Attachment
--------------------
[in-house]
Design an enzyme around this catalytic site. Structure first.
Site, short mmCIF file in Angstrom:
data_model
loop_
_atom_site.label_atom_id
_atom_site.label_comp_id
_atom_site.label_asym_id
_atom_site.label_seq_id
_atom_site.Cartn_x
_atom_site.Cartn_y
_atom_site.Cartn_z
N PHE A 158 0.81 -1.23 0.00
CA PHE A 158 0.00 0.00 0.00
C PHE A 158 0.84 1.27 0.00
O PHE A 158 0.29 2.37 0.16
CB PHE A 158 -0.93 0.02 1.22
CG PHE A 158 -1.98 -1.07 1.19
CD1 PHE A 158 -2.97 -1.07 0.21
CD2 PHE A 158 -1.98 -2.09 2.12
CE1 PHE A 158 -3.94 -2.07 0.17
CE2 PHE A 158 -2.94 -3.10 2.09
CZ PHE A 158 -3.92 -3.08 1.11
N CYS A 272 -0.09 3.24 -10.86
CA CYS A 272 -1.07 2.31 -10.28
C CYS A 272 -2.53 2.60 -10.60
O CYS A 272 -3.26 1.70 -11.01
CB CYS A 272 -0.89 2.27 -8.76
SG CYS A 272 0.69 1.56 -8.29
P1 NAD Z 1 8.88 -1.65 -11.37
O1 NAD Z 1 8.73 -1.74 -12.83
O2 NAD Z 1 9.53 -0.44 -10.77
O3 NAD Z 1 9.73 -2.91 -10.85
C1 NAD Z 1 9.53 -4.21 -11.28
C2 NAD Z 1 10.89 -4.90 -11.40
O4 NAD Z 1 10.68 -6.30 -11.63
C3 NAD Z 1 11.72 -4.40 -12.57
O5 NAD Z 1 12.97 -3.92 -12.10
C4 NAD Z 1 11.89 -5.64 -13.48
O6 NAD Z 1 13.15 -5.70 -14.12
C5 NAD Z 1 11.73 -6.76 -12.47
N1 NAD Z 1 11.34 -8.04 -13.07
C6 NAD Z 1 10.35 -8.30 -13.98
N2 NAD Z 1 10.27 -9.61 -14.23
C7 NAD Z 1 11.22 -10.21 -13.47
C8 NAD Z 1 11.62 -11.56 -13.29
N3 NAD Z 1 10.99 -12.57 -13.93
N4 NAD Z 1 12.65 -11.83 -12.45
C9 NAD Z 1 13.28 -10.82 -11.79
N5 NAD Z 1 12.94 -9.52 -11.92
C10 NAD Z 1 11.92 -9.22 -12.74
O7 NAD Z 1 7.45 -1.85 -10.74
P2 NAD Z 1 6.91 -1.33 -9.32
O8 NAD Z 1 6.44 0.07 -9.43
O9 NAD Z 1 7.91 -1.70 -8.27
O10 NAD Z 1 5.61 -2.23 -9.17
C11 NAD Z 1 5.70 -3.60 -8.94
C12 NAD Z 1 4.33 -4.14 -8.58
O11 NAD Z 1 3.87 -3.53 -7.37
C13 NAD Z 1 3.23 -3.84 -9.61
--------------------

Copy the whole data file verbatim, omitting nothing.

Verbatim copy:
[in-house]
Design an enzyme around this catalytic site. Structure first.
Site, short mmCIF file in Angstrom:
data_model
loop_
_atom_site.label_atom_id
_atom_site.label_comp_id
_atom_site.label_asym_id
_atom_site.label_seq_id
_atom_site.Cartn_x
_atom_site.Cartn_y
_atom_site.Cartn_z
N PHE A 158 0.81 -1.23 0.00
CA PHE A 158 0.00 0.00 0.00
C PHE A 158 0.84 1.27 0.00
O PHE A 158 0.29 2.37 0.16
CB PHE A 158 -0.93 0.02 1.22
CG PHE A 158 -1.98 -1.07 1.19
CD1 PHE A 158 -2.97 -1.07 0.21
CD2 PHE A 158 -1.98 -2.09 2.12
CE1 PHE A 158 -3.94 -2.07 0.17
CE2 PHE A 158 -2.94 -3.10 2.09
CZ PHE A 158 -3.92 -3.08 1.11
N CYS A 272 -0.09 3.24 -10.86
CA CYS A 272 -1.07 2.31 -10.28
C CYS A 272 -2.53 2.60 -10.60
O CYS A 272 -3.26 1.70 -11.01
CB CYS A 272 -0.89 2.27 -8.76
SG CYS A 272 0.69 1.56 -8.29
P1 NAD Z 1 8.88 -1.65 -11.37
O1 NAD Z 1 8.73 -1.74 -12.83
O2 NAD Z 1 9.53 -0.44 -10.77
O3 NAD Z 1 9.73 -2.91 -10.85
C1 NAD Z 1 9.53 -4.21 -11.28
C2 NAD Z 1 10.89 -4.90 -11.40
O4 NAD Z 1 10.68 -6.30 -11.63
C3 NAD Z 1 11.72 -4.40 -12.57
O5 NAD Z 1 12.97 -3.92 -12.10
C4 NAD Z 1 11.89 -5.64 -13.48
O6 NAD Z 1 13.15 -5.70 -14.12
C5 NAD Z 1 11.73 -6.76 -12.47
N1 NAD Z 1 11.34 -8.04 -13.07
C6 NAD Z 1 10.35 -8.30 -13.98
N2 NAD Z 1 10.27 -9.61 -14.23
C7 NAD Z 1 11.22 -10.21 -13.47
C8 NAD Z 1 11.62 -11.56 -13.29
N3 NAD Z 1 10.99 -12.57 -13.93
N4 NAD Z 1 12.65 -11.83 -12.45
C9 NAD Z 1 13.28 -10.82 -11.79
N5 NAD Z 1 12.94 -9.52 -11.92
C10 NAD Z 1 11.92 -9.22 -12.74
O7 NAD Z 1 7.45 -1.85 -10.74
P2 NAD Z 1 6.91 -1.33 -9.32
O8 NAD Z 1 6.44 0.07 -9.43
O9 NAD Z 1 7.91 -1.70 -8.27
O10 NAD Z 1 5.61 -2.23 -9.17
C11 NAD Z 1 5.70 -3.60 -8.94
C12 NAD Z 1 4.33 -4.14 -8.58
O11 NAD Z 1 3.87 -3.53 -7.37
C13 NAD Z 1 3.23 -3.84 -9.61